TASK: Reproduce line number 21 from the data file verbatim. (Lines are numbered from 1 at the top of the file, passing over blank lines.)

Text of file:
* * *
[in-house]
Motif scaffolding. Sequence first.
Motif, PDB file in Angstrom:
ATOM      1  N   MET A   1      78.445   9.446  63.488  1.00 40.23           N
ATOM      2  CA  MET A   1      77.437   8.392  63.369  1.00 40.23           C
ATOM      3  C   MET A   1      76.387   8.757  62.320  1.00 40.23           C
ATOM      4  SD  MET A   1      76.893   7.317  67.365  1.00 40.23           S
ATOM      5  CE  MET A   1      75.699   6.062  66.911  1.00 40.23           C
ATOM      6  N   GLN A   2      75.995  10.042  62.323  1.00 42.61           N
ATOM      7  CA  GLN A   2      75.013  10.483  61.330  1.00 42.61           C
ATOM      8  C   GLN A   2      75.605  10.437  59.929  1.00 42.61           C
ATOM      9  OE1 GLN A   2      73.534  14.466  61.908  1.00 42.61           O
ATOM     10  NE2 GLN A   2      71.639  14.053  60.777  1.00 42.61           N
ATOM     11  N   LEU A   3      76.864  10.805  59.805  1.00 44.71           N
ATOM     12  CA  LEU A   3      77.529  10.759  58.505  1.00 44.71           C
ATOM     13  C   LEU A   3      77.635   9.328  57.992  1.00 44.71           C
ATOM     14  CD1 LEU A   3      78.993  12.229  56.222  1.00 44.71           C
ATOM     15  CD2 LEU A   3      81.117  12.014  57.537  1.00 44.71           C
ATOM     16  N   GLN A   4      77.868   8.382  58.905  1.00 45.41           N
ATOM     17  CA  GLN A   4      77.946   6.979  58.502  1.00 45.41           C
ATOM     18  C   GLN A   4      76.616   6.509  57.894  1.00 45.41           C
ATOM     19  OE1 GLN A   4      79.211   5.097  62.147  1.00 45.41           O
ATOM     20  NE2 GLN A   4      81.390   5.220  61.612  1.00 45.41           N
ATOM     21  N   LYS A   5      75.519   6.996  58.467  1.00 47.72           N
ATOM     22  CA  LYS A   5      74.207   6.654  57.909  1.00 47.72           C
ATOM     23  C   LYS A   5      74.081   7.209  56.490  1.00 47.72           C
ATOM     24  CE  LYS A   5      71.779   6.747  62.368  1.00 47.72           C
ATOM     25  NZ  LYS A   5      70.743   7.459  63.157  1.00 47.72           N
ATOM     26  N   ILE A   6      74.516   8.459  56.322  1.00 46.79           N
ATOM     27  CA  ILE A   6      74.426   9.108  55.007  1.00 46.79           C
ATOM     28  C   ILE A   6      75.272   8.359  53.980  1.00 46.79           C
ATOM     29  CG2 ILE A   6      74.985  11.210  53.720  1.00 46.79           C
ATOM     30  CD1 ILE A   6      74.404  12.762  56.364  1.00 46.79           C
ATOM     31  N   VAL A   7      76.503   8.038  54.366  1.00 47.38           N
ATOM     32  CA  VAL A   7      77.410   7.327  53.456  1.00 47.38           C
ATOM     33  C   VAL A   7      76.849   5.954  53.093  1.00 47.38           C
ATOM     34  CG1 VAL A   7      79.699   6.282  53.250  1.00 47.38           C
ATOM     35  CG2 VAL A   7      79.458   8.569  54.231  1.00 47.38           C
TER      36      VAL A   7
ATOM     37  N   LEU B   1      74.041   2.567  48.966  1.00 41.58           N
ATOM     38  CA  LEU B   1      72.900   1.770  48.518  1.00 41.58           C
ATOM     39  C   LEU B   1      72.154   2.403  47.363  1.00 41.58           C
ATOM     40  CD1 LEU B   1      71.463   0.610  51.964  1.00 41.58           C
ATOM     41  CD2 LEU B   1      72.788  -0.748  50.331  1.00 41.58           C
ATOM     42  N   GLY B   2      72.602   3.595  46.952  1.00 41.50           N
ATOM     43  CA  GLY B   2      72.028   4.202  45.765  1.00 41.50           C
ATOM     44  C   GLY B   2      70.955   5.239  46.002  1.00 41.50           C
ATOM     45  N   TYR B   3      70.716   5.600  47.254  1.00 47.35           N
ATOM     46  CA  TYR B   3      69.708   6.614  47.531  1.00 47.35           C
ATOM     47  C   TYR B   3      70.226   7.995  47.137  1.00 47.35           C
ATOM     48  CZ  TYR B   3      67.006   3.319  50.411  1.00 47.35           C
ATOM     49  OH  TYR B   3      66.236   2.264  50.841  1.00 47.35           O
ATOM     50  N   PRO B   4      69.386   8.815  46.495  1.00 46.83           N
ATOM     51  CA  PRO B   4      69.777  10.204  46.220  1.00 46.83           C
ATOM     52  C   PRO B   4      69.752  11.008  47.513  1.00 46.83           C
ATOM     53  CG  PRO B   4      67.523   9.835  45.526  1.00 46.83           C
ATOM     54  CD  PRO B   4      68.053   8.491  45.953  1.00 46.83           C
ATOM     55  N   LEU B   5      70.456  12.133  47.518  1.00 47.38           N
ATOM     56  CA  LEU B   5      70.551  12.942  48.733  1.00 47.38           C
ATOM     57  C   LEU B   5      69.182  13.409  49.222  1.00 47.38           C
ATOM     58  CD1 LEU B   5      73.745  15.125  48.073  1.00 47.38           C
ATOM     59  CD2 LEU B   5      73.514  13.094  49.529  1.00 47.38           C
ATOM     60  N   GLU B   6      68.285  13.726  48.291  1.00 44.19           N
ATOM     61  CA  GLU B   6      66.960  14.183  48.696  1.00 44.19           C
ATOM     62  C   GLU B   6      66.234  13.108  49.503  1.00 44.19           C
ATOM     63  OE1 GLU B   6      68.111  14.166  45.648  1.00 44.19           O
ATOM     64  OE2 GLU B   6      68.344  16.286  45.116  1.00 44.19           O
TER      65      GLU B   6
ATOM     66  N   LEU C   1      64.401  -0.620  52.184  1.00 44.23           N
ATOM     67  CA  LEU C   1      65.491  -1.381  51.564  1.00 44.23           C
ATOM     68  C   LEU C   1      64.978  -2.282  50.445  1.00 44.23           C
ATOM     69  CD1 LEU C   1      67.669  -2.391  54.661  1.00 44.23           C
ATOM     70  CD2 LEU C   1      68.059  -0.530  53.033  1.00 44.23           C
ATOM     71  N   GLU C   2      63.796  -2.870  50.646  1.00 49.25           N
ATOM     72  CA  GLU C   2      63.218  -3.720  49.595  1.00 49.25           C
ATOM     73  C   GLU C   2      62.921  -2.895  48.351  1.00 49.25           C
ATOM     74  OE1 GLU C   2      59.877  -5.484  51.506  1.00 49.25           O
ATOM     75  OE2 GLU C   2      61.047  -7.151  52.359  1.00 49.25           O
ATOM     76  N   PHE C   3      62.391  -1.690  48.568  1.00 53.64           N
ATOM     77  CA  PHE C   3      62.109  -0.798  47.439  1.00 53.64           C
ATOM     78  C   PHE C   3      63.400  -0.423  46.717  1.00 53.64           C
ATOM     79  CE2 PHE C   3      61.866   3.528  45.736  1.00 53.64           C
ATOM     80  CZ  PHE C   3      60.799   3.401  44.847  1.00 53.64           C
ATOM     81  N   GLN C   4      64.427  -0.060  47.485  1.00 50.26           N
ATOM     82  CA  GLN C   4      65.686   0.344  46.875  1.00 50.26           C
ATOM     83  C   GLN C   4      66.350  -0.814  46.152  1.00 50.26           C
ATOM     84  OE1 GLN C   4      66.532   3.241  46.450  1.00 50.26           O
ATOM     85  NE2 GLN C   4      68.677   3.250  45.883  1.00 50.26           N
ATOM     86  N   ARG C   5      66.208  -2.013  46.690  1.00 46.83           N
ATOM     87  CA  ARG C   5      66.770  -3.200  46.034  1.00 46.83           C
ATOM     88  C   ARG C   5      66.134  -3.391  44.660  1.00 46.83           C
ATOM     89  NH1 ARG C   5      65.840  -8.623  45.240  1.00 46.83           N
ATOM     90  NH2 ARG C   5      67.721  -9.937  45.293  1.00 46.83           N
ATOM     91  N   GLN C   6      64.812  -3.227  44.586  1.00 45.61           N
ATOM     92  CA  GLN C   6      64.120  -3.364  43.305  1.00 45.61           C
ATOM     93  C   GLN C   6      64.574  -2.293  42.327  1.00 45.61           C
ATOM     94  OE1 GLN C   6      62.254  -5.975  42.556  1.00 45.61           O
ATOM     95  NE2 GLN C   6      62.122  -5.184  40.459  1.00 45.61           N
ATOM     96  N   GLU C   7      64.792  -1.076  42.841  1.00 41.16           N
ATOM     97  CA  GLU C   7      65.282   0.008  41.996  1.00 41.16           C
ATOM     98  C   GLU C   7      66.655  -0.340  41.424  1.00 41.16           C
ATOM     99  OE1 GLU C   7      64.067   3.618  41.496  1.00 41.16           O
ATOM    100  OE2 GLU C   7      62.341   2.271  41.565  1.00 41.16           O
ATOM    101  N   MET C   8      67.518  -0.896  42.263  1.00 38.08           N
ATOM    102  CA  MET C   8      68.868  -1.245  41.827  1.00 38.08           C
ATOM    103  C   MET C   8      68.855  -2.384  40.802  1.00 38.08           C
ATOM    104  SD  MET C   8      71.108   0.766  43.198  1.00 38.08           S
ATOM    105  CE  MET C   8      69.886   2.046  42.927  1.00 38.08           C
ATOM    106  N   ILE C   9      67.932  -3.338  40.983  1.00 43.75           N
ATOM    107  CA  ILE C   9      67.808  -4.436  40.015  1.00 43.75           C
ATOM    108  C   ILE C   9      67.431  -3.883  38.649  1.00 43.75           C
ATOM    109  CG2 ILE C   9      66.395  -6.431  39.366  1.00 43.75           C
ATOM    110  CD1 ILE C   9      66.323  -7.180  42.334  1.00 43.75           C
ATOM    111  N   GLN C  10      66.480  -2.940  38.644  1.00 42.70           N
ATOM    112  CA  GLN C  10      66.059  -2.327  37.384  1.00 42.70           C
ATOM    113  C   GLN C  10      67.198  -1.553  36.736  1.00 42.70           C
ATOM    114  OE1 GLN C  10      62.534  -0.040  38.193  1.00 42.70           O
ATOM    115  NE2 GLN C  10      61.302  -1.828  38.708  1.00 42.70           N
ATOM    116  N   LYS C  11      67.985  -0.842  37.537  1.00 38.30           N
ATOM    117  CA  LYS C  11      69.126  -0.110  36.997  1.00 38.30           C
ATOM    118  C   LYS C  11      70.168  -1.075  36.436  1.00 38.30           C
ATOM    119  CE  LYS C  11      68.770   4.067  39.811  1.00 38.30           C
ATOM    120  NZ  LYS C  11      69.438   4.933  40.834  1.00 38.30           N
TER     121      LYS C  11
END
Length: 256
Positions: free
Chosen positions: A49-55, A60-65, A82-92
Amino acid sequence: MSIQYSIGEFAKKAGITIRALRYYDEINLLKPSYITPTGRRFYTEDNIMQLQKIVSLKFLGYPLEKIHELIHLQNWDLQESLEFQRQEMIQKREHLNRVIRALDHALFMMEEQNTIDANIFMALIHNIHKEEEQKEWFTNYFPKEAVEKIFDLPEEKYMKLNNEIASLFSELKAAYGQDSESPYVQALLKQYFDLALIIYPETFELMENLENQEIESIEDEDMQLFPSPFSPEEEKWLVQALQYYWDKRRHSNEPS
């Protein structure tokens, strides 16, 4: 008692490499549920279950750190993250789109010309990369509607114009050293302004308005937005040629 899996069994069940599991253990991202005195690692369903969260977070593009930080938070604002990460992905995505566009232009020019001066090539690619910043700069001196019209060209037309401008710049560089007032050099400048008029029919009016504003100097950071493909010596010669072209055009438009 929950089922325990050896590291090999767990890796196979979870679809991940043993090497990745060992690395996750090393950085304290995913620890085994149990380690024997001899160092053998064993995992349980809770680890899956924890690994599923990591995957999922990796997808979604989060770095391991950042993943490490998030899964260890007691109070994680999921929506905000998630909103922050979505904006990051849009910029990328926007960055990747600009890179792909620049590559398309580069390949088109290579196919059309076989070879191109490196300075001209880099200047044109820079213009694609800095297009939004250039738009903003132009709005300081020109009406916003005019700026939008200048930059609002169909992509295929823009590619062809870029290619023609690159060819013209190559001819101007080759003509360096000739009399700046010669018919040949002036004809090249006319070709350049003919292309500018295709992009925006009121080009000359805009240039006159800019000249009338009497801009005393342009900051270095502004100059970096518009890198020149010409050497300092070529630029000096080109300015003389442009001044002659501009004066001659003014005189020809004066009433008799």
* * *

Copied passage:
ATOM     18  C   GLN A   4      76.616   6.509  57.894  1.00 45.41           C